During the past several years, there has been a steady decline in Canadians’ rate of response to the Government of Canada’s mandatory and voluntary surveys. To address this problem, the Innovation Hub partnered with Statistics Canada to develop and test two behavioural interventions. These interventions resulted in as much as a 6.8% increase in the response rate of a national survey. The report details the methodology and results of this experiment in increasing survey response rates.
The Chief of the Defence Staff has set a target to increase the percentage of women in the CAF from the current 15 % to at least 25.1 % by 2026. This research report uses quantitative data, along with survey results, focus groups, and expert consultation to inform a set of short- and long-term recommendations. Many of the findings and recommendations apply to all CAF applicants, regardless of gender, and offer broader applications that can help promote diversity in organizations.
The 2016-2017 annual report focuses on the various ways in which the Innovation Hub is creating public value and impact. This document covers changes to the Federal Public Service to enable innovation and experimentation, a series of case studies designed to improve outcomes in a range of public policy areas, lessons learned from the past year, and outlines the Hub’s objectives for 2017-2018.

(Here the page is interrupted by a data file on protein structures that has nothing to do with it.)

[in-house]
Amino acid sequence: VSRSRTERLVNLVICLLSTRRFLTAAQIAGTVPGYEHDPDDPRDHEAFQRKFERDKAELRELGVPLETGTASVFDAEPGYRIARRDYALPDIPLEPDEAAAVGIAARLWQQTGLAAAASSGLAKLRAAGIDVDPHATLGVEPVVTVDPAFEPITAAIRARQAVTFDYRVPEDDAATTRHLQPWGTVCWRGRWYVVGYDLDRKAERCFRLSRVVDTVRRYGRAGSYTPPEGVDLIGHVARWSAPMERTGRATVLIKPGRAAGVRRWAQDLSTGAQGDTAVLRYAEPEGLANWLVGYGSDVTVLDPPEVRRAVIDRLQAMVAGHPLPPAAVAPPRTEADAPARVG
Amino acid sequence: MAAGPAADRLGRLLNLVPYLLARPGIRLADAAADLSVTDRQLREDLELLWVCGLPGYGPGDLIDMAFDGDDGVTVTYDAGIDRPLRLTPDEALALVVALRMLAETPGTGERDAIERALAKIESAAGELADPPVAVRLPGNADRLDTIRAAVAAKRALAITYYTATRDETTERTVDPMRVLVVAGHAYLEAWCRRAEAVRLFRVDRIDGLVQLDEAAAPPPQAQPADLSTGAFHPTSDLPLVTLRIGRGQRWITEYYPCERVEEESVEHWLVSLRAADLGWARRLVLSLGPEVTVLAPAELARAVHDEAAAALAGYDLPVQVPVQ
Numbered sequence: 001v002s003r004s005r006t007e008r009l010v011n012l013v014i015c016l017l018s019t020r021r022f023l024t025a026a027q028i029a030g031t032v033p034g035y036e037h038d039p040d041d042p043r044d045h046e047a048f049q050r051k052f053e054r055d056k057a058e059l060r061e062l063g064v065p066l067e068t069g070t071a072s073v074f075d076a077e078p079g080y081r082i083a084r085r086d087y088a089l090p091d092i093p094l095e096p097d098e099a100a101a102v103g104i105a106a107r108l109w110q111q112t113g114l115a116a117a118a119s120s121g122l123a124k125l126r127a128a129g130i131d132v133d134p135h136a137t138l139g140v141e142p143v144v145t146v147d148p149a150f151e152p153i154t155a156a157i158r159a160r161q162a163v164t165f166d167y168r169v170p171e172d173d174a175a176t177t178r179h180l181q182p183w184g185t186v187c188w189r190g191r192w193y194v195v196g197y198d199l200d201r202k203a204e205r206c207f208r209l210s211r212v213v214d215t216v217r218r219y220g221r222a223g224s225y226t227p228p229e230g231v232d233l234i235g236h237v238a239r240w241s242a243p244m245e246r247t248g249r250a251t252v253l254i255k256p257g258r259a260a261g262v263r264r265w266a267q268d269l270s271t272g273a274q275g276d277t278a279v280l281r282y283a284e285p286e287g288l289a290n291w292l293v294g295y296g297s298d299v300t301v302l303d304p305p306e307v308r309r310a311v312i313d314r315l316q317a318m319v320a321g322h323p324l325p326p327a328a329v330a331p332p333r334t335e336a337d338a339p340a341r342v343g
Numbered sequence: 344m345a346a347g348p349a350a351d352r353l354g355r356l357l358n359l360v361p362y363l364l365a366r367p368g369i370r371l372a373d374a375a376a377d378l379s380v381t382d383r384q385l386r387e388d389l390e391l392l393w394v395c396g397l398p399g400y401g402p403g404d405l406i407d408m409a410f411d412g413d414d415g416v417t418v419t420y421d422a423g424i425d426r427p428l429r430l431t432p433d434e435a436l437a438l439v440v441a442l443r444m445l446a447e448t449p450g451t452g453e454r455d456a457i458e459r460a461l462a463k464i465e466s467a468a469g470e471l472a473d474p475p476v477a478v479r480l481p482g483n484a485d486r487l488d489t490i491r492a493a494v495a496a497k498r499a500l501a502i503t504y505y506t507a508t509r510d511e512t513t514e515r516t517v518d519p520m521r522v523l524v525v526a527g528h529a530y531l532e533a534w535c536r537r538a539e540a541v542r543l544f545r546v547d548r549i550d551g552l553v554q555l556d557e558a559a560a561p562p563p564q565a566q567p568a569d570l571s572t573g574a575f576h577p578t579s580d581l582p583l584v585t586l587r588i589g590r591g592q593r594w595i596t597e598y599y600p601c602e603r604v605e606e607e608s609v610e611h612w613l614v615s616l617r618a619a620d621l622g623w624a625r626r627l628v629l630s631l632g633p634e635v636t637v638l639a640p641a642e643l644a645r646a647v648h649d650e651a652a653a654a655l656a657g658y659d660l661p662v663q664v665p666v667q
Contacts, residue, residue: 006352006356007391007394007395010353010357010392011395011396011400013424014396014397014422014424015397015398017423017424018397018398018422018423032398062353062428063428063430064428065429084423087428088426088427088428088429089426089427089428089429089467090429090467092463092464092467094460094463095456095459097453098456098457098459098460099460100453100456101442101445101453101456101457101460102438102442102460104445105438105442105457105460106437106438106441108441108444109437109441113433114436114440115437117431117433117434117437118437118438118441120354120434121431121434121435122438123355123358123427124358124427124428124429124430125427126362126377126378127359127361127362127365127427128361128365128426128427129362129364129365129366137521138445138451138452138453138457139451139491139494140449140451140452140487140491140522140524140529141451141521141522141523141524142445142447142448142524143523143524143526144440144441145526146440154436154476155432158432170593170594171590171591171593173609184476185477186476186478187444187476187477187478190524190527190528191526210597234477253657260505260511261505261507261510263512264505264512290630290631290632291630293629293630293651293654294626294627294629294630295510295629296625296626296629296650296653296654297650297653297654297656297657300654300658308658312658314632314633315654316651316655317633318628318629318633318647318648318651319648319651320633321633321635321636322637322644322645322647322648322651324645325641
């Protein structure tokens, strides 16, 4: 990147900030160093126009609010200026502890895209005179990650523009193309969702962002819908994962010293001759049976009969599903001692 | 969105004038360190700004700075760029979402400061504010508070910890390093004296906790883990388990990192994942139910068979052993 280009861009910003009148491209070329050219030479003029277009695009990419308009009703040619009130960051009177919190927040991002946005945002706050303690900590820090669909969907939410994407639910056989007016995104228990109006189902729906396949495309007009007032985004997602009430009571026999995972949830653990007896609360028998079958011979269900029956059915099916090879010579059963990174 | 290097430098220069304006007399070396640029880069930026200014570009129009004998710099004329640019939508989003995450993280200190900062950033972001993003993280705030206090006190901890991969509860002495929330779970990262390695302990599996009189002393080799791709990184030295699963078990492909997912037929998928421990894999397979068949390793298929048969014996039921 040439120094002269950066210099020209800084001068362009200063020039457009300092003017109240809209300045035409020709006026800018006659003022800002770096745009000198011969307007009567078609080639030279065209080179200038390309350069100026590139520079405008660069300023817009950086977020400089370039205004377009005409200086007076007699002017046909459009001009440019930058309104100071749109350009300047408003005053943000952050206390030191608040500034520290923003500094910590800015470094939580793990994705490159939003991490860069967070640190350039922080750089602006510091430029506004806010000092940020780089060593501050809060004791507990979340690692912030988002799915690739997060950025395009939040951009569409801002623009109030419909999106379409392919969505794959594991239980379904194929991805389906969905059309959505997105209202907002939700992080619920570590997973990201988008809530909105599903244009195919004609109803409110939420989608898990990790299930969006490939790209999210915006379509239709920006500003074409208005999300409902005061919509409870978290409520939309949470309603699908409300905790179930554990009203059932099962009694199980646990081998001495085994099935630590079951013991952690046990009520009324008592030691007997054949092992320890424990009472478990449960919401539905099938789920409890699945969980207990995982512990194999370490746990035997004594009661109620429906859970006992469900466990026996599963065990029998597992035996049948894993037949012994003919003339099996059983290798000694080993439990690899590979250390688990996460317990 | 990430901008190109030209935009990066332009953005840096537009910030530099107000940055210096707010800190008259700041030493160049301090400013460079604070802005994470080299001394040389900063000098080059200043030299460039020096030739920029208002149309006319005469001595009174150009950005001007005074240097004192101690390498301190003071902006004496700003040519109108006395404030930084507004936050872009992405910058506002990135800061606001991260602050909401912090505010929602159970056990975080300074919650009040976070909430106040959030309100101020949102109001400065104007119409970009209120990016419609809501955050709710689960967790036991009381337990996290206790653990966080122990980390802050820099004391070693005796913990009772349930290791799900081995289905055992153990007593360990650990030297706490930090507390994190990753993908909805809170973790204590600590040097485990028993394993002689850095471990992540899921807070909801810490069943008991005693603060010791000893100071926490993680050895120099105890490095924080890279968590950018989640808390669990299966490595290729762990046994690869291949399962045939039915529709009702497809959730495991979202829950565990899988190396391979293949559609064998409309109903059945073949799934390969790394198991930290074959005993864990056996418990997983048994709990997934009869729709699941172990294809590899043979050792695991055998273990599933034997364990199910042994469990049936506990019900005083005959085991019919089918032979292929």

This document outlines both the Traditional and Behavioural Approaches to Policy, and provides examples of the successful implementation of the behavioural approach. It maps behavioural insights units across the world, with a focus on Canadian units. Lastly, the report details some of the key success factors of applying behavioural science within government.
This document reinforces the Government’s commitment to devote a fixed percentage of program funds to experimenting with new approaches and measuring impact. The goal of this initiative is to instill a culture of measurement, evaluation and innovation in program and policy design and delivery. It provides context and directions for Deputy Heads on how to implement this commitment.
The 2015-2016 annual report focuses on the early stages of development within the Innovation Hub. It starts off by laying out the early indicators of success, followed by the role and development, and guiding principles of the Hub. The report then defines some of the practice areas within the Hub, and then goes into the key objectives of the year and the status of their completion. The report ends with an outline of the 2016-2017 objectives.
This report summarizes the results of DMCPI’s research on activities and views related to the sharing economy, from both a global and Canadian perspective. It also incorporates insights from leading Canadian sharing economy entrepreneurs as well as views from federal public servants. The report provides a list of possible actions the Government of Canada could pursue as it formulates a response to the opportunities and risks offered by the sharing economy.